Home refinancing can be a great way to improve your financial position. The idea is simple. If you currently have a home loan, you can pay off that loan with the help of a new home loan; in other words, you’re replacing your existing mortgage with a new one, and preferably one with more favorable terms. 

Under the right conditions, this financial play can help you pay less money per month or pay off your home faster. However, it’s not always strictly beneficial, and some homeowners jump into refinancing without thinking. It’s important to do your research before you move forward. 

What You Should Know Before Refinancing a Home

Before you pursue home refinancing, make sure you know these things: 

1. What are your goals? First, think about your goals in refinancing. What are you hoping to achieve? There are many good reasons to seek home refinancing, and a few questionable ones. If you’re interested in lowering your interest rate, extending or shortening the terms of your mortgage, or rebalancing your cash and debts, refinancing could be right for you. Just make sure you understand your motivations clearly before continuing. 

2. What rate are you currently paying? What is your current mortgage interest rate? Most of the time, home refinancers attempt to lower their interest rate—but you won’t be able to do this if you don’t know what you’re currently paying. Look at your recent mortgage payments to see for sure. 

3. Are you paying an adjustable or fixed rate? In an adjustable rate mortgage, your interest rate can fluctuate based on market conditions—and in many cases, it can increase over time. In a fixed rate mortgage, you’ll have a consistent rate locked in. Fixed rate mortgages are preferable, so if you currently have an adjustable rate mortgage, you’ll have even more reason to refinance. 

4. How much equity do you have in your home? How much home equity do you currently have? This refers to your ownership stake in the property. If your property is worth $150,000 and you currently owe $100,000, your home equity is $50,000. The higher your home equity, the more favorable a position you’ll be in. 

5. How are your other finances? Think about your other debts and cash on hand when refinancing. In some cases, refinancing can help you pay off your other debts, or optimize your portfolio to be more balanced. 

6. What is your credit score? A higher credit score will grant you access to better interest rates and more favorable terms. If your credit score is too low, you may consider working to improve it before seeking refinancing.

7. What home refinancing rates are available? These days, you can shop for a home refinancing rate online. Are you able to secure a refinancing loan with a lower interest rate than what you’re currently paying?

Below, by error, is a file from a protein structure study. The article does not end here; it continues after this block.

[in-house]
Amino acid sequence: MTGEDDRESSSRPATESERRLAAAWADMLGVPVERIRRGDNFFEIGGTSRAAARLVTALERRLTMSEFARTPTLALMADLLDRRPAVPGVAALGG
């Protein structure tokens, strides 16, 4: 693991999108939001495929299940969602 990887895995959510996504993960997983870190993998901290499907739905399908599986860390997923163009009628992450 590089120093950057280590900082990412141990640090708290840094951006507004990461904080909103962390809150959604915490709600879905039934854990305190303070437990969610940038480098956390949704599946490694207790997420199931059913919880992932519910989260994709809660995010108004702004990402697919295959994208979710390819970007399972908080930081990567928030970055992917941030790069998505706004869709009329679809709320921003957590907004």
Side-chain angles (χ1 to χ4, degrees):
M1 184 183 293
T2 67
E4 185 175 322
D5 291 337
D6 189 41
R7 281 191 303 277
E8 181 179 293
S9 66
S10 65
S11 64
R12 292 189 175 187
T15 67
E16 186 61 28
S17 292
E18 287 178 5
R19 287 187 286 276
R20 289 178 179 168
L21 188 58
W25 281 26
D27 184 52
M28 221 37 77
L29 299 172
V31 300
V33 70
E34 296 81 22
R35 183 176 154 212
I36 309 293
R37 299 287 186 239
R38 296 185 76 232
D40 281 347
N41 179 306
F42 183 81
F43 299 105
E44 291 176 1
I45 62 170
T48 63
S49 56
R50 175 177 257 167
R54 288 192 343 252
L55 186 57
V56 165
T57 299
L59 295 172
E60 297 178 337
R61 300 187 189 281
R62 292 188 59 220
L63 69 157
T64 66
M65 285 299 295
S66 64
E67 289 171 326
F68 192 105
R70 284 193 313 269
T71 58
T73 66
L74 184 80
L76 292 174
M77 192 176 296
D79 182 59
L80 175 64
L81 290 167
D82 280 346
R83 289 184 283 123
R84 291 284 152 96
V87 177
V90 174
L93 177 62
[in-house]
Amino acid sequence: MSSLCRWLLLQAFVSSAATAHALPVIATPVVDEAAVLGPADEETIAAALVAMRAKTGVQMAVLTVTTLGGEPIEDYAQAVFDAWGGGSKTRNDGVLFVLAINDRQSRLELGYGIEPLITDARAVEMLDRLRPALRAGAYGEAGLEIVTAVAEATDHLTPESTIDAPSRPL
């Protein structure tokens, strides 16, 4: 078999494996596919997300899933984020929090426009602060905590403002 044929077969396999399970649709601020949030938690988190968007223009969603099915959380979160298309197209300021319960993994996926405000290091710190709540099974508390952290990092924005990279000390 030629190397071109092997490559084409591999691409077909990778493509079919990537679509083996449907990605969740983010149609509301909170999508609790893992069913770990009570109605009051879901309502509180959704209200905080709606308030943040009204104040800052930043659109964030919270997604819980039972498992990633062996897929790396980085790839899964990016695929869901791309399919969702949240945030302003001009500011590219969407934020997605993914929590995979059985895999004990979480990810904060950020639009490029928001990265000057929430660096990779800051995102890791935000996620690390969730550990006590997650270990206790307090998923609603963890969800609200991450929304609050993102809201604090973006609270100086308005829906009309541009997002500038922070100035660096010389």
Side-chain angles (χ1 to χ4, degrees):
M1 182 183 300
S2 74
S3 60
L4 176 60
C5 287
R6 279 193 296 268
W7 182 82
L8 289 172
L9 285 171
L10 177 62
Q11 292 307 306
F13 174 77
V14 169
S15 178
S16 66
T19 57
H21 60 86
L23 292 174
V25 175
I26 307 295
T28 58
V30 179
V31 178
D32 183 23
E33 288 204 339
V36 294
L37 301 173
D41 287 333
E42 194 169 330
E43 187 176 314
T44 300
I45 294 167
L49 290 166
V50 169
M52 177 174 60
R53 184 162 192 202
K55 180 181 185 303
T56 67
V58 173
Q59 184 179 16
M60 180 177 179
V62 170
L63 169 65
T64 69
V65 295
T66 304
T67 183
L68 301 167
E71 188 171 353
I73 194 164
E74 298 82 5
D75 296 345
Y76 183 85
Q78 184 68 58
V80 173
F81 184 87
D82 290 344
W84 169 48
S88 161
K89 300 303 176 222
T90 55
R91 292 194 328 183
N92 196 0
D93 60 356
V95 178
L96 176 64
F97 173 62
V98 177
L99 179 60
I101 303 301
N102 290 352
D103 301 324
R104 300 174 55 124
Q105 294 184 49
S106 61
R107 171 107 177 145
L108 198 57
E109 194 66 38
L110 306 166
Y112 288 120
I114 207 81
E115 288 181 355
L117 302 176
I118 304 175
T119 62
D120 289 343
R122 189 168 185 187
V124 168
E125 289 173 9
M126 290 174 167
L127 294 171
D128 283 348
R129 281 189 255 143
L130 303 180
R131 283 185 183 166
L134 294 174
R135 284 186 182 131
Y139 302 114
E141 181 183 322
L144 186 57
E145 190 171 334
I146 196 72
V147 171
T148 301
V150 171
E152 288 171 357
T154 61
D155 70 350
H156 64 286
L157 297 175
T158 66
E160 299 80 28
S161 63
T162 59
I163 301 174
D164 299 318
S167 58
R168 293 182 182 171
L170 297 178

8. What terms are you going to seek? Some homeowners refinance so they can change the length of the loan. Are you interested in getting a 15-year mortgage or a 30-year mortgage? Note that this time period starts when you refinance—not from the date you originally bought the home. 

9. What are the fees associated with this loan? There are usually one-time fees associated with refinancing. Make sure you understand what these are before you move forward. 

10. What is your break-even point? Let’s say it costs you $1,500 to refinance your home loan. What would be your break-even point? If you’re getting a better interest rate, and you’re saving $100 per month, you’ll save $1,200 per year—and in just over a year, you’ll save enough money to completely justify the refinancing fees. 

11. Will you owe PMI? Most lenders charge borrowers private mortgage insurance (PMI) on a monthly basis if they don’t have sufficient home equity. This is an additional fee that can increase your monthly payments unnecessarily. Generally, this threshold is 20 percent; you’ll need a 20 percent down payment or 20 percent equity to avoid PMI when refinancing. 

12. What are your taxes? Note that your monthly payments aren’t only going to be your principal and interest payments on the loan. You’ll also be responsible for paying property taxes on your property, and those taxes can change from year to year. Look up property tax rates in your area before refinancing so you know what to expect. 

Is Refinancing Right for You? 

Home refinancing is a beneficial move for many homeowners, but it’s not perfect, and it’s not guaranteed to help you. If you’re thinking about refinancing, spend some time doing your due diligence and scrutinizing your current financial positions. This isn’t a decision you should make in a single day, so make sure you have all the information before you move forward.